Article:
"But you worked hard on this blog post," Sebastian replied.
I let the mouse hover over "Publish Live" as thoughts raced through my mind: What if a future employer reads this like Mom said? What if someone leaves me a mean comment? What if…"
"What if people judge me? A lotta people don't understand depression," I said aloud.
"Just do it, babe. You donno how many people it'll help."
I pressed my fingers into my temples. "I'm scared."
"You said the same thing about your catcalling post. And look at how many people liked that one."
At first, publicly sharing my experience as a woman dealing with depression seemed to endanger the sense of security that writing in private gave me. Doing so was one of the most terrifying things I'd ever done.
It always feels as if I'm undressing on a stage before an enormous crowd, pointing to a scar on my body and saying, "Here's the story of how I got this."
But I trust in the saying, "With great risk, come great rewards."
In the song "For Miles," Thrice sings,
We've learned that if we'll
Open the wounds and share them then soon they start to heal.
As long as we live, every scar is a bridge to someone's broken heart.
I believe these words with all of my heart, which is why I believe writers should take risks with their writing.
Sharing pieces of myself in the most transparent way possible is often a very painful risk. Opening those wounds, however, allows room for healing in myself, in others and in society as a whole.
Although, I'd love to be able to make a living through Equis Place, this healing is the greatest reward of the risk I take by blogging publicly about my life.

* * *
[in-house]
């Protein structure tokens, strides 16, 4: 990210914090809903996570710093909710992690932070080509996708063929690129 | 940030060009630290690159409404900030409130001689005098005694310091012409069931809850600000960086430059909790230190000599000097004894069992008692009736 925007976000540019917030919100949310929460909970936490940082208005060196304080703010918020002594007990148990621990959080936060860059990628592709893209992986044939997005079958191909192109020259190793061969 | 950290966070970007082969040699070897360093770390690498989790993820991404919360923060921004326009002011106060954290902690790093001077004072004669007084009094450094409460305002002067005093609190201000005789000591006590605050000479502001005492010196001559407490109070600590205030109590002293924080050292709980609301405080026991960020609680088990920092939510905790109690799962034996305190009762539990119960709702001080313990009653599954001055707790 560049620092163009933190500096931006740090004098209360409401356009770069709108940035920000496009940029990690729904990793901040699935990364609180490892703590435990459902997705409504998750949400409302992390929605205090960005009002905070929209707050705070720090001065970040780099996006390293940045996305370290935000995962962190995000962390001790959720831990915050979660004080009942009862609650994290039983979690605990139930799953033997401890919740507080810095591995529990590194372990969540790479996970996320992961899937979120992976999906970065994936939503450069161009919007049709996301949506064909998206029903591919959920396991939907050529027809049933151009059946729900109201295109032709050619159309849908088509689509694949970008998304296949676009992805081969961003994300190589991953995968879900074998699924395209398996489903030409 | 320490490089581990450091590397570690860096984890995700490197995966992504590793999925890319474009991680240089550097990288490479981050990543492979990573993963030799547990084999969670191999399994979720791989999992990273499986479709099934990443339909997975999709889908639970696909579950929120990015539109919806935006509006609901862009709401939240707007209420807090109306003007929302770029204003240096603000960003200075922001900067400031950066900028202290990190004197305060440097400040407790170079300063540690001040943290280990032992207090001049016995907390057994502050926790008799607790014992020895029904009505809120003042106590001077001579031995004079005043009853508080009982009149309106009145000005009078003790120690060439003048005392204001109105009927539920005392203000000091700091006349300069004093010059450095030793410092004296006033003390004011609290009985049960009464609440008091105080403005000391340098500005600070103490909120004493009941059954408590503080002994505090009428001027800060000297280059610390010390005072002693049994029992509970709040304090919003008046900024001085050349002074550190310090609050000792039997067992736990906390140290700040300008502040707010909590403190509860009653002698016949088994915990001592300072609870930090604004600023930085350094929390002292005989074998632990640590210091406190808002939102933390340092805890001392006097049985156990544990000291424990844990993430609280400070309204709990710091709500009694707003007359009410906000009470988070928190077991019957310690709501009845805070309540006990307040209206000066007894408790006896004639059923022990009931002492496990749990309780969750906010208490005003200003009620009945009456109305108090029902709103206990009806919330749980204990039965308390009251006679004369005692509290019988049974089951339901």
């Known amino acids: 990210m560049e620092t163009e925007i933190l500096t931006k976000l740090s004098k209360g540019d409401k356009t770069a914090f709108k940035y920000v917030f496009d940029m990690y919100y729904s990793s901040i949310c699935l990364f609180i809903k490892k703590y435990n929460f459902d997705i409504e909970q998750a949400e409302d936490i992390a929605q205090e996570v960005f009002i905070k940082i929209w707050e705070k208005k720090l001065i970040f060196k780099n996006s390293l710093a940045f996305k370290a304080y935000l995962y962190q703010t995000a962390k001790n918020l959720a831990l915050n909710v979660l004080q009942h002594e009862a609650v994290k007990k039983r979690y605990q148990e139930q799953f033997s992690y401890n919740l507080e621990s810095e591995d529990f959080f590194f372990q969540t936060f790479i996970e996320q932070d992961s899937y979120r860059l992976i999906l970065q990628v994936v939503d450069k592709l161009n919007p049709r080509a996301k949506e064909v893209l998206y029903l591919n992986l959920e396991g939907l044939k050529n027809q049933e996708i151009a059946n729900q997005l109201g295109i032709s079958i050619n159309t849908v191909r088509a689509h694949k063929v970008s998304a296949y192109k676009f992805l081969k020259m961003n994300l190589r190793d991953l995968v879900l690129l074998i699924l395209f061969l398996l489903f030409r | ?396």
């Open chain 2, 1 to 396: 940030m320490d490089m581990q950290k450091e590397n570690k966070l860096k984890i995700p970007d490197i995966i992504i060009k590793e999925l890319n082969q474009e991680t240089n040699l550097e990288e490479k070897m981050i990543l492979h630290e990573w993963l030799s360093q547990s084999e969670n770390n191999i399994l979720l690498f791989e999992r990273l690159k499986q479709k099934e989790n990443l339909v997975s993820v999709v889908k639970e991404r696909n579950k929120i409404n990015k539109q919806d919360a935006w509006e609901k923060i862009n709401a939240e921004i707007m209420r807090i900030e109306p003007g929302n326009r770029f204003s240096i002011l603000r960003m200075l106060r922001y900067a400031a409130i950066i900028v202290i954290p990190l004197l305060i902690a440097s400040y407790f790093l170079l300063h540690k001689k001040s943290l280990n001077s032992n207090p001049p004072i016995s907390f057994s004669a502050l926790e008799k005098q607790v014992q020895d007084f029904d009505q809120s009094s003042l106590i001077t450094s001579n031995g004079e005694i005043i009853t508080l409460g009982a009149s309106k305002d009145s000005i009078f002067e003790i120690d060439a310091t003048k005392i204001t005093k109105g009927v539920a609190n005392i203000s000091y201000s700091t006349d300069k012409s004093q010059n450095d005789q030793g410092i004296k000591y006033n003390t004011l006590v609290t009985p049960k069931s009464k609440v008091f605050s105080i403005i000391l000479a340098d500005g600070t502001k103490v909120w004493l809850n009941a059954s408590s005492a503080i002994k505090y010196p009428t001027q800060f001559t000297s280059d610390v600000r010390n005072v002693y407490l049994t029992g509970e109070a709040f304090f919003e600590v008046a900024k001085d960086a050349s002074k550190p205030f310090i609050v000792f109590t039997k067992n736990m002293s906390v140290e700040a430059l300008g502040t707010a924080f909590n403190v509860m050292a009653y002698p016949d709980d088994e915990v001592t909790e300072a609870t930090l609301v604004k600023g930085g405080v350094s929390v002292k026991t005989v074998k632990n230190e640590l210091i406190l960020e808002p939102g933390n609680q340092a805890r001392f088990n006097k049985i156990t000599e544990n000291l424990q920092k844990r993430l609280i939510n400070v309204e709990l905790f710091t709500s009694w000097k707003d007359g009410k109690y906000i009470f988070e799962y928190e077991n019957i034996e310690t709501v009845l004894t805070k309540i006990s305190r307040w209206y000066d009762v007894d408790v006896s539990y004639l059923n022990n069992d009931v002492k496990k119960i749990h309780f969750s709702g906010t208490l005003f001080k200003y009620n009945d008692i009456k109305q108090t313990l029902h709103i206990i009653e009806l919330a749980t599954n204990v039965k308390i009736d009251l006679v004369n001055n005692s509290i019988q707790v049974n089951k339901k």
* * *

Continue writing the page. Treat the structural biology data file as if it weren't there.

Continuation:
Within a day of honestly sharing my story of depression on Equis Place, the post had reached at least 200 people, and within days of publishing my post on my terrible experiences with catcalling, 467 people "liked" it. But, as much as seeing those numbers made the impact of my writing real to me, I could care less about the numbers. I care more about the people behind them.
It amazed me how many people could relate to my experiences.
So even if only two people had liked it and commented to say how my post helped them face their own fears and tragedies, I would've been happy.
Sharing the bare truth of my experiences as a mom, as a woman and as a family member is never easy.
Doing so is always worth it, though.
That's something I wish everyone would realize--that our hurts allow us to connect to others in as important a way as our joys do.
I know that each time I share a part of my life story through Equis Place, I am helping myself and others move one more step towards freedom from the pain that keeps us captive.
This freedom is present in the strength we feel after facing our fears. This freedom is present in the relationships we build by engaging in a conversation about them.
I also hope that by exposing the difficulties of my life and the challenges I face in society as a woman and mother of color, I am helping to create justice for myself and for others.
After all, my desire for freedom is the reason I started this blog in the first place.
How do you take risks in your life? What are the rewards?
This post is also linked to Shell's Pour Your Heart Out.